Clonazepam is a benzodiazepine. It is approved for the treatment of panic disorder (with or without agoraphobia), as well as certain types of seizure disorders. However, benzodiazepines are also commonly used to treat difficulty sleeping and alcohol withdrawal.
Panic Disorder occurs when a person experiences unexpected and repeated episodes of intense fear. These episodes have physical symptoms including chest pain, shortness of breath, heart palpitations, sweating, dizziness, and nausea. Fear of future episodes is also part of panic disorder.
Do not drive a car or operate machinery until you know how this medication affects you because you may notice that you feel tired or dizzy.
When starting clonazepam, anxiety or insomnia may improve rapidly or over a period of days.
Benzodiazepines, such as clonazepam, are often used for short periods of time only. They may produce emotional and/or physical dependence (addiction) even when used as recommended. With input from you, your health care provider will assess how long you will need to take the medicine.
Do not stop taking clonazepam without talking to your healthcare provider first. Stopping clonazepam abruptly may result in one or more of the following withdrawal symptoms: irritability, nausea, tremor, dizziness, blood pressure changes, rapid heart rate, and seizures. Withdrawal reactions may occur when dosage reduction occurs for any reason.
The use of clonazepam with drugs like opioid medications has led to serious side effects including slowed and difficulty breathing and death. Opioid drugs are medications used to treat pain and include medications such as: codeine, oxycodone, morphine, and illegal drugs like heroin. Some opioid medications are also in cough syrup.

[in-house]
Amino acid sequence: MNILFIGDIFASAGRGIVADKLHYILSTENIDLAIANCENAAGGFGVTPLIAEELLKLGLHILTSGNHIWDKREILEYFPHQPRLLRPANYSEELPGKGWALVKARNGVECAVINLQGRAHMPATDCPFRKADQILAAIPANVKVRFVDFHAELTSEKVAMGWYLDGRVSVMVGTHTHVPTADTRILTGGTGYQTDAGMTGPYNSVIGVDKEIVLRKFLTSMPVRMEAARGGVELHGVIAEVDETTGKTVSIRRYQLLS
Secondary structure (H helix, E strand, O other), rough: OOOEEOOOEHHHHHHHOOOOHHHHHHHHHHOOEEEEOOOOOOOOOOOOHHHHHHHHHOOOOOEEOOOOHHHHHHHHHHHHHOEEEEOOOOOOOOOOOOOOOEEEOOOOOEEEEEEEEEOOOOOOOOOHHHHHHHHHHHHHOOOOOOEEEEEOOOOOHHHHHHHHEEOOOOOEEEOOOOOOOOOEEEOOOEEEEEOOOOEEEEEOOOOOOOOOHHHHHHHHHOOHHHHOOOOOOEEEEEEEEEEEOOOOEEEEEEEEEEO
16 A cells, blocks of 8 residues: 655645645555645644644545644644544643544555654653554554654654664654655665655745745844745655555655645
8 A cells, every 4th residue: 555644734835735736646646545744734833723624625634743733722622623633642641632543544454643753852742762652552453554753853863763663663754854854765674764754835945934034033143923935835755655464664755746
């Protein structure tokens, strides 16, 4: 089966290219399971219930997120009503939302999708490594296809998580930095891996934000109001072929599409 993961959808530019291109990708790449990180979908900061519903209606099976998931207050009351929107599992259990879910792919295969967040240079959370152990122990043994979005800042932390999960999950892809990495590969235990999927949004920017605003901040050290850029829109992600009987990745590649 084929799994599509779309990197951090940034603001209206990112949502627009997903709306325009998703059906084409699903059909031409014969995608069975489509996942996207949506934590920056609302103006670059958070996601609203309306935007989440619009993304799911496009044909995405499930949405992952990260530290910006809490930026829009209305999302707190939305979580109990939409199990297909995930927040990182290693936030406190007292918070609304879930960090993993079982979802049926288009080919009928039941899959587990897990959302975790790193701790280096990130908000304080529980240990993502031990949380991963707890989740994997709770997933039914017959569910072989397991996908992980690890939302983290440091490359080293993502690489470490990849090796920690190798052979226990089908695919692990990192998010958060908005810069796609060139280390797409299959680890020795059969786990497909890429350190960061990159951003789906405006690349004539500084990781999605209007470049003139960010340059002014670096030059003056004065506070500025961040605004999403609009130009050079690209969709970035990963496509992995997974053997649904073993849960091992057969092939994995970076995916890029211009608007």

If you are taking clonazepam with an opioid medication, get medical assistance immediately if you feel dizziness or sleepiness, if you have slow or troubled breathing, or if you pass out. Caregivers must get medical help right away if a patient does not respond and does not wake up.
If you are planning on becoming pregnant, notify your healthcare provider to best manage your medications. People living with anxiety disorders who wish to become pregnant face important decisions regarding risk versus benefit of benzodiazepine use in pregnancy. Clonazepam can increase the risk of premature birth and low birth weight. Newborn withdrawal and “floppy baby syndrome” are other possible side effects. It is important to discuss this with your doctor and caregivers.
Regarding breastfeeding, caution is advised since clonazepam does pass into breast milk.
Clonazepam may be taken with or without food. Take with food if you experience an upset stomach.
Clonazepam may be taken every day at regular times or on an as needed (“PRN”) basis. Typically, your healthcare provider will limit the number of doses you should take in one day.
Your health care provider will determine the dose and method of taking the medication that is right for you based upon your response.
Clonazepam oral disintegrating tablets must remain in their original packaging. Open the package with clean dry hands before each dose. Do not try to put tablets in a pillbox if you take the orally disintegrating tablets. Take the tablets right away, do not store for later use.